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CCNA Guide to Cisco Networking Fundamentals Fourth Edition

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  1. CCNA Guide to Cisco Networking Fundamentals Fourth Edition Chapter 2 Network Devices

  2. Objectives • Explain the uses, advantages, and disadvantages of repeaters, hubs, wireless access points, bridges, switches, and routers • Define the standards associated with wireless media • Explain basic wireless connection parameters, security, and troubleshooting • Define network segmentation CCNA Guide to Cisco Networking Fundamentals, Fourth Edition

  3. Objectives (continued) • Explain network segmentation using bridges, switches, routers, brouters, and gateways • Explain Ethernet operations • Define Fast Ethernet and Gigabit Ethernet CCNA Guide to Cisco Networking Fundamentals, Fourth Edition

  4. Repeaters • The number of nodes on a network and the length of cable used • Influence the quality of communication on the network • Attenuation • The degradation of signal clarity • Repeaters • Work against attenuation by repeating signals that they receive on a network • Typically cleaning and regenerating the digital transmission in the process CCNA Guide to Cisco Networking Fundamentals, Fourth Edition

  5. Repeaters (continued) CCNA Guide to Cisco Networking Fundamentals, Fourth Edition

  6. Repeaters (continued) • Note that on analog networks, devices that boost the signal are called amplifiers • These devices do not have the same signal regeneration capabilities as repeaters • Because they must maintain the shape of the received signal • Repeaters work in the Physical layer (layer 1) • On optical networks, signal amplification is handled by optical repeaters • Some repeaters can be used to connect two physically different types of cabling CCNA Guide to Cisco Networking Fundamentals, Fourth Edition

  7. Repeaters (continued) CCNA Guide to Cisco Networking Fundamentals, Fourth Edition

  8. Hubs • Hub • Generic connection device used to tie several networking cables together to create a link between different stations on a network • Active hubs • Amplify or repeat signals that pass through them • Passive hub • Merely connects cables on a network and provides no signal regeneration • Topology refers to the physical layout of network cable and devices CCNA Guide to Cisco Networking Fundamentals, Fourth Edition

  9. Hubs (continued) CCNA Guide to Cisco Networking Fundamentals, Fourth Edition

  10. Advantages and Disadvantages of Repeaters and Hubs • Advantages • Can extend a network’s total distance • Do not seriously affect network performance • Certain repeaters can connect networks using different physical media CCNA Guide to Cisco Networking Fundamentals, Fourth Edition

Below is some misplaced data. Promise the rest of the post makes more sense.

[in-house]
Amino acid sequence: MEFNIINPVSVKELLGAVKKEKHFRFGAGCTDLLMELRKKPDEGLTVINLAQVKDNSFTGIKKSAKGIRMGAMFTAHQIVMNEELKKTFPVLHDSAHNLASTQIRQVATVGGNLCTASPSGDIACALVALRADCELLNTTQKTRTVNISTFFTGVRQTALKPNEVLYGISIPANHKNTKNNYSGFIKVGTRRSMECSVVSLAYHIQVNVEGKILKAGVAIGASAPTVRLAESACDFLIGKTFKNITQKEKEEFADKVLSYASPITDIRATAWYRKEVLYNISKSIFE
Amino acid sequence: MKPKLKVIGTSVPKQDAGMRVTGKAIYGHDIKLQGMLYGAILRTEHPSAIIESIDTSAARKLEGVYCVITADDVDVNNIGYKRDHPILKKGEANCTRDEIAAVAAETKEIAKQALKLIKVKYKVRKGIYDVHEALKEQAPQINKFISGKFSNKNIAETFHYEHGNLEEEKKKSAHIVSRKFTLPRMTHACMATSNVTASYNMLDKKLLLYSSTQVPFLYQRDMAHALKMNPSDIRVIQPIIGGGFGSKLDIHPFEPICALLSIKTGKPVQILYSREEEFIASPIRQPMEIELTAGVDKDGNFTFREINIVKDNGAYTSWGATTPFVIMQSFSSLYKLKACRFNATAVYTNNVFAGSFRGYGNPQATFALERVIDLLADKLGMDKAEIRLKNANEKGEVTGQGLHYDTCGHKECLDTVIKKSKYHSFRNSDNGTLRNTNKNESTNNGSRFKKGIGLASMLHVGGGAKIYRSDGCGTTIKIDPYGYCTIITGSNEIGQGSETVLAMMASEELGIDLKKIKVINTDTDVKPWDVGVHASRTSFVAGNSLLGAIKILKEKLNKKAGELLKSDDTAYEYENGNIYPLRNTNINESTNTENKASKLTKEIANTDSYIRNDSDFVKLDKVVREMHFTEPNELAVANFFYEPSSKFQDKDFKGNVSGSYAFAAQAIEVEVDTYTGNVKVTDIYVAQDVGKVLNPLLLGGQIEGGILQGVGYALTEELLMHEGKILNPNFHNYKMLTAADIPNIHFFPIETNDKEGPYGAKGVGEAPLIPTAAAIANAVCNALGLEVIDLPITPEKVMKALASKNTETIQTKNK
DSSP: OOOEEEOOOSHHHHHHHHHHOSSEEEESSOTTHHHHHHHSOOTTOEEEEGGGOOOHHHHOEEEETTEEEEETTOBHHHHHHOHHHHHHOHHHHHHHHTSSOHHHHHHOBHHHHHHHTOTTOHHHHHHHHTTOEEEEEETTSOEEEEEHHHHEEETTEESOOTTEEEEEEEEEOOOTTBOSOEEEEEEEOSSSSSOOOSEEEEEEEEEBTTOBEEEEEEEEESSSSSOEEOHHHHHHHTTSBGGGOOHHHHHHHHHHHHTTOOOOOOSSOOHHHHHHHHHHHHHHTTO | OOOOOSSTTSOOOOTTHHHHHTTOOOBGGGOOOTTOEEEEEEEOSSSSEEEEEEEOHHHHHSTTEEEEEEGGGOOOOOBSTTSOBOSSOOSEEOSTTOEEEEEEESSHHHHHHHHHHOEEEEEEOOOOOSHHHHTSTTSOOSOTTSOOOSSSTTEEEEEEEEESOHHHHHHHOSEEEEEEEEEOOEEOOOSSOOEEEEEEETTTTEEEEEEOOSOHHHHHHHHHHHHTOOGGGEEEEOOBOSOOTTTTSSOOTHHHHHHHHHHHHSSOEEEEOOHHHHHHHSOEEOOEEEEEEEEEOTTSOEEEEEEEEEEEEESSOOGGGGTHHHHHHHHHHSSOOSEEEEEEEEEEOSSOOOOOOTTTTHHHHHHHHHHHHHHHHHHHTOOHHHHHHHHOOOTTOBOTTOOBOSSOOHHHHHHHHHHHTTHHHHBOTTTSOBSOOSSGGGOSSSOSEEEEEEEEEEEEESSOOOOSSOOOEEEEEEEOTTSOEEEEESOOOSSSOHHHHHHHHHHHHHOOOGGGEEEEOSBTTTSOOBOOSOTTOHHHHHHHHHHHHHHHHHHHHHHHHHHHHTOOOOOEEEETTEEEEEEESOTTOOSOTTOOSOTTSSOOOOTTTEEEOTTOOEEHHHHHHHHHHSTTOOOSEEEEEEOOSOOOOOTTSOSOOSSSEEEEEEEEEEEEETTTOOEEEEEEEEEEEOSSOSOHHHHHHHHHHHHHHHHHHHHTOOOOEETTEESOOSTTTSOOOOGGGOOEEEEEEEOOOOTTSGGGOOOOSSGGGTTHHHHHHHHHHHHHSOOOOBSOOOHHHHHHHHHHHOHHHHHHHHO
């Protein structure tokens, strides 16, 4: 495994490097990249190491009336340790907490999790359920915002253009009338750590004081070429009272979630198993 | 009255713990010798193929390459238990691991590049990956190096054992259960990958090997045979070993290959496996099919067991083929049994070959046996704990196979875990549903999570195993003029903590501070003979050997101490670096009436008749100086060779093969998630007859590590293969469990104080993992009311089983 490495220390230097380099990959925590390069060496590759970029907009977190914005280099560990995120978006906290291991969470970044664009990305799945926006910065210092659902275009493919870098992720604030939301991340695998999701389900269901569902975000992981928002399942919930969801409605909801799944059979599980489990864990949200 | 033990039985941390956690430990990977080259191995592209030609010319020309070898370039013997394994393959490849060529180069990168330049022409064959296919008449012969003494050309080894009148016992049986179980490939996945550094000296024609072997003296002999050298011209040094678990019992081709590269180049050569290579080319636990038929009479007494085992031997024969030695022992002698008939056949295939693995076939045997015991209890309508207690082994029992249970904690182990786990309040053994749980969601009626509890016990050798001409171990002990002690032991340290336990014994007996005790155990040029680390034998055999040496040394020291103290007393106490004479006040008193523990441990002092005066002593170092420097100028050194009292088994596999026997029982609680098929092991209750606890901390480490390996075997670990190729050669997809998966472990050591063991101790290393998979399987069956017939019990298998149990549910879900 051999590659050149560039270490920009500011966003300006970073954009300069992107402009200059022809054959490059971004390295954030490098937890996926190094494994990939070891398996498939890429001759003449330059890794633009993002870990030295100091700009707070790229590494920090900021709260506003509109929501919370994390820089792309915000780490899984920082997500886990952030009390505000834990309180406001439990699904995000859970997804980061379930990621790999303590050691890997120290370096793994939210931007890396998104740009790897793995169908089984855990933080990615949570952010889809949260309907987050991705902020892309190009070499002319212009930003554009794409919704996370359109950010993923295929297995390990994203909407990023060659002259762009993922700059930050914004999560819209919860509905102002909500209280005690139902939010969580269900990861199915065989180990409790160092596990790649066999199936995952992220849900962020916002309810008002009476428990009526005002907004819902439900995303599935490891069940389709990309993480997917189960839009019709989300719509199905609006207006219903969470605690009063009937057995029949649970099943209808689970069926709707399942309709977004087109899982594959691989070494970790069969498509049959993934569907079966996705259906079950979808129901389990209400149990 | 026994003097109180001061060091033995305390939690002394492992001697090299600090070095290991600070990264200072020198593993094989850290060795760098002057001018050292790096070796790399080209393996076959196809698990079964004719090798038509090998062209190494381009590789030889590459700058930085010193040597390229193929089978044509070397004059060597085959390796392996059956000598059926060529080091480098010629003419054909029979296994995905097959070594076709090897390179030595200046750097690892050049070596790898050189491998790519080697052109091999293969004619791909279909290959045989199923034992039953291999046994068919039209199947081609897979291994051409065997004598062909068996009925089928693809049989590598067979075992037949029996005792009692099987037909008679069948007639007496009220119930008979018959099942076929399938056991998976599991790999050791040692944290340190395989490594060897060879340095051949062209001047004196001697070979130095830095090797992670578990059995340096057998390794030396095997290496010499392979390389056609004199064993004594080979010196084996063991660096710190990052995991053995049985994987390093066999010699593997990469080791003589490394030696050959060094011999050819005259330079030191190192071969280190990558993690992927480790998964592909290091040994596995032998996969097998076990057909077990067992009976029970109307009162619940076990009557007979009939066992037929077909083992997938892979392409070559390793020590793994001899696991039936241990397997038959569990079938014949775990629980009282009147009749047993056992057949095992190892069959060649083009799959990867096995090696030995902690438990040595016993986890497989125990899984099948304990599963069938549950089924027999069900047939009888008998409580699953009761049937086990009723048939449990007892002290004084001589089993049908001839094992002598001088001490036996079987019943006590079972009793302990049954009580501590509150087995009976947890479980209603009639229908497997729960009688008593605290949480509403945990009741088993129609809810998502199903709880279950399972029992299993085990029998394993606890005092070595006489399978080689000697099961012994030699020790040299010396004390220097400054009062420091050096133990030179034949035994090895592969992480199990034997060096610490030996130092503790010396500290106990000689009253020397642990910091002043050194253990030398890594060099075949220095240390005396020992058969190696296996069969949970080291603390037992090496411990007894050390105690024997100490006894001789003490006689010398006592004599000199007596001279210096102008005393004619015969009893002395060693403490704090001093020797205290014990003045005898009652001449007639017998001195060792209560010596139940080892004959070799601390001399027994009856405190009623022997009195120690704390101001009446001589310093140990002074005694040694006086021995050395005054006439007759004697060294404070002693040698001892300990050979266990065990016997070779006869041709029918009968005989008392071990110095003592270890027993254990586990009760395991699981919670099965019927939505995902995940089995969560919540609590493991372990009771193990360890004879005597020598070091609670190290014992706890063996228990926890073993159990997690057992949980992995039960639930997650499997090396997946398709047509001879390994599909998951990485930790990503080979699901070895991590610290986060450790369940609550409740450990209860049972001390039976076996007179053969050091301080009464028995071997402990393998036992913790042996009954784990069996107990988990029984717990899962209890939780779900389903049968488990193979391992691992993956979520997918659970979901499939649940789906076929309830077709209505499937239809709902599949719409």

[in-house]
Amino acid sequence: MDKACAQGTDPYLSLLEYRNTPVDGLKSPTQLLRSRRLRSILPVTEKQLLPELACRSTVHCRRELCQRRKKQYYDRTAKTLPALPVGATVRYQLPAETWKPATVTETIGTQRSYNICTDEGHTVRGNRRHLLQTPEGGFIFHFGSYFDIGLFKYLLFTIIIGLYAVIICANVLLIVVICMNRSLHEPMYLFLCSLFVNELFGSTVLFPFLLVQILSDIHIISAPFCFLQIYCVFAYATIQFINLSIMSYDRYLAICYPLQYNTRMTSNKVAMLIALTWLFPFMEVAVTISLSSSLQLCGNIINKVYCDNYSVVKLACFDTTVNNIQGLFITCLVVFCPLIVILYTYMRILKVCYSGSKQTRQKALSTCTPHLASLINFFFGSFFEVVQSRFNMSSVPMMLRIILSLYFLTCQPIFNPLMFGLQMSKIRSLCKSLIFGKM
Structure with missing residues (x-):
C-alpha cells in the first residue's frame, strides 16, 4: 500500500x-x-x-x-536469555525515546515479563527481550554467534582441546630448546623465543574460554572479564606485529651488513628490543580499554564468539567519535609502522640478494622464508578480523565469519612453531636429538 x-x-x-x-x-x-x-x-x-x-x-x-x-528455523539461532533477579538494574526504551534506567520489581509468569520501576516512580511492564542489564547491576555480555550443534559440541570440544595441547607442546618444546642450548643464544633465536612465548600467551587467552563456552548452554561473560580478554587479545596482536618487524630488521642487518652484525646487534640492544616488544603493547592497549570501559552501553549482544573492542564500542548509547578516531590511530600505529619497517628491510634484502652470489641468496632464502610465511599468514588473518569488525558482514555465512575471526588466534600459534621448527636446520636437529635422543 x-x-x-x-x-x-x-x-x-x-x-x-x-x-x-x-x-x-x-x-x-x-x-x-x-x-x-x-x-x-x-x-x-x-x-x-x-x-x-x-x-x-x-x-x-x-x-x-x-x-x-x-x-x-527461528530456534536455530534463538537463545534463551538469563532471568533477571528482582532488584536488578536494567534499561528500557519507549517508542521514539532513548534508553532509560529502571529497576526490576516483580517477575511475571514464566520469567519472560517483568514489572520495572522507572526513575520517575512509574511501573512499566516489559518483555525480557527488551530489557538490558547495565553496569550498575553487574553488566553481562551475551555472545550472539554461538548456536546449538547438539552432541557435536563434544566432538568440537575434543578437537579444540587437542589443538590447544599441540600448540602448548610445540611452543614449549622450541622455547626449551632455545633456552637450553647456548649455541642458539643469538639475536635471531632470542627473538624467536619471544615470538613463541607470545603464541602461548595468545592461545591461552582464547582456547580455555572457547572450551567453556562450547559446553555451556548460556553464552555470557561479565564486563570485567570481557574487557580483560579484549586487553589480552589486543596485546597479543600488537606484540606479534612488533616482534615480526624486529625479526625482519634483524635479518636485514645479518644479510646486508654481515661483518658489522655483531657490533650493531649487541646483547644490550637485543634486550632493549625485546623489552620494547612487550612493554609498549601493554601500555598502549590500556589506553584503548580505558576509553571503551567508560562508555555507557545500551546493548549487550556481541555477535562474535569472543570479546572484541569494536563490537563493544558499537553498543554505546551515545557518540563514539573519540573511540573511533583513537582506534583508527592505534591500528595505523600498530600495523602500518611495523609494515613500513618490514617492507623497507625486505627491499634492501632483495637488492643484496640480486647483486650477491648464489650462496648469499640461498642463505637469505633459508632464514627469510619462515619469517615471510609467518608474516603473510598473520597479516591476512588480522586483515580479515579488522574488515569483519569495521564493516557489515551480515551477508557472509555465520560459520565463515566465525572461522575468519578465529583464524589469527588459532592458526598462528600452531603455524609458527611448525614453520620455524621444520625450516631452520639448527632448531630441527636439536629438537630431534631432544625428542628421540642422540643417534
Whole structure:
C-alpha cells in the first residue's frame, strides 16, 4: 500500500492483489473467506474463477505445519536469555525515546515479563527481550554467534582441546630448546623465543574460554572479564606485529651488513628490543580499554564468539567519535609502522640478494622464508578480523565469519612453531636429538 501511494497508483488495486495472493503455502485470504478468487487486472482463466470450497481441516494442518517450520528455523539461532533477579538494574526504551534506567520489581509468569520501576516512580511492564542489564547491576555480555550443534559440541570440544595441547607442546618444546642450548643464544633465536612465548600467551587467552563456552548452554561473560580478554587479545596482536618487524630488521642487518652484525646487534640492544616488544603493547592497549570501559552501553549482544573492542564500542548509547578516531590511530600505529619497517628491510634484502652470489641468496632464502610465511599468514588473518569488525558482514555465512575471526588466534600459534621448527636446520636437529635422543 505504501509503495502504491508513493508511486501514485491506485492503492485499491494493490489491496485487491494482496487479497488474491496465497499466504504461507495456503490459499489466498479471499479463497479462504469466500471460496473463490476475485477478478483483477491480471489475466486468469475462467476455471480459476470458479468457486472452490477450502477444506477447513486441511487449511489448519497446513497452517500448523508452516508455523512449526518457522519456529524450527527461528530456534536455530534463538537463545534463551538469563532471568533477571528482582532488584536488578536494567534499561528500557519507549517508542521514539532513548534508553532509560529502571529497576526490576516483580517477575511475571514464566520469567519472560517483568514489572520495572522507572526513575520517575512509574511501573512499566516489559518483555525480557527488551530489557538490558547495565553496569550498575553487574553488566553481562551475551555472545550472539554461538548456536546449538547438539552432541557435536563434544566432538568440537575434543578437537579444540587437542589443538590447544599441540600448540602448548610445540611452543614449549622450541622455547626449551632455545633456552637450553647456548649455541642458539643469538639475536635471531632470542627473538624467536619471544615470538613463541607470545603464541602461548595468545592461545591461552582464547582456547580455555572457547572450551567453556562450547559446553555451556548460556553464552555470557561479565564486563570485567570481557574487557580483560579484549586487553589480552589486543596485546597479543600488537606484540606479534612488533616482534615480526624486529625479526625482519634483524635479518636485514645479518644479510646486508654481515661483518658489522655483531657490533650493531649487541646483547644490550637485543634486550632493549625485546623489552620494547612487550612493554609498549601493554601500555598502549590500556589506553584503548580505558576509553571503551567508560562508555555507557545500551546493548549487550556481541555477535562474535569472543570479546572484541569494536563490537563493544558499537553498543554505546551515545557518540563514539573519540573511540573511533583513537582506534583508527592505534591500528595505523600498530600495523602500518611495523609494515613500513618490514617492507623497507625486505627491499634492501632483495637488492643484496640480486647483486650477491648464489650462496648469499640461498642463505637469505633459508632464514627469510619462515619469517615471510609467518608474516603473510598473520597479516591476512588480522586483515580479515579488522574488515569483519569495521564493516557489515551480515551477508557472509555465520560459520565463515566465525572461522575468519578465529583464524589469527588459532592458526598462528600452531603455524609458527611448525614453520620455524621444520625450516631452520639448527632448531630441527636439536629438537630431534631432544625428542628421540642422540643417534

11. Advantages and Disadvantages of Repeaters and Hubs (continued) • Disadvantages • Cannot connect different network architectures, such as Token Ring and Ethernet • Do not reduce network traffic • They repeat everything they receive • Do not segment the network • Do not reformat data structures • Cannot connect networks that require different types of frames CCNA Guide to Cisco Networking Fundamentals, Fourth Edition

  12. Advantages and Disadvantages of Repeaters and Hubs (continued) • Repeaters do not segment a network • Frames that are broadcast on a given segment may collide • Devices that “see” the traffic of other devices are said to be on the same collision domain CCNA Guide to Cisco Networking Fundamentals, Fourth Edition

  13. Wireless Access Points • Wireless access points • Provide cell-based areas where wireless clients such as laptops and PDAs can connect to the network • By associating with the access point • Operate at the Physical and Data Link layers of the OSI model • In most respects, a wireless access point functions exactly like a hub CCNA Guide to Cisco Networking Fundamentals, Fourth Edition

  14. CCNA Guide to Cisco Networking Fundamentals, Fourth Edition

  15. Wireless Standards and Organizations CCNA Guide to Cisco Networking Fundamentals, Fourth Edition

  16. Wireless Network Components • In ad hoc mode • Wireless clients can connect and communicate directly with each other • There is no access point • In infrastructure mode • Wireless clients attach wirelessly to an access point • Involves the access point wired back into a switch • Basic Service Set (BSS) • When a single access point is available in infrastructure mode CCNA Guide to Cisco Networking Fundamentals, Fourth Edition

  17. Wireless Network Components (continued) • Extended Service Set (ESS) • Involve multiple access points connected to various switches in the network • Allows users to roam around the building and remain connected to the WLAN as well as the LAN and WAN CCNA Guide to Cisco Networking Fundamentals, Fourth Edition

  18. Wireless Connectivity • Access points typically broadcast their network name • The Service Set Identifier (SSID) • The network name • When wireless clients are powered on, they begin scanning the airspace for available access points • They detect the broadcasted SSID of the various access points in the area • Attempt to associate with the one that has the highest signal level and the lowest error rate CCNA Guide to Cisco Networking Fundamentals, Fourth Edition

  19. Wireless Connectivity (continued) • If the system is open, the client is accepted by the access point and begins communications • When SSID is not broadcasted • Wireless clients must already be configured with the correct SSID • The client will send out a probe request with: • Configured SSID • Access point with that SSID configured will allow the client to associate CCNA Guide to Cisco Networking Fundamentals, Fourth Edition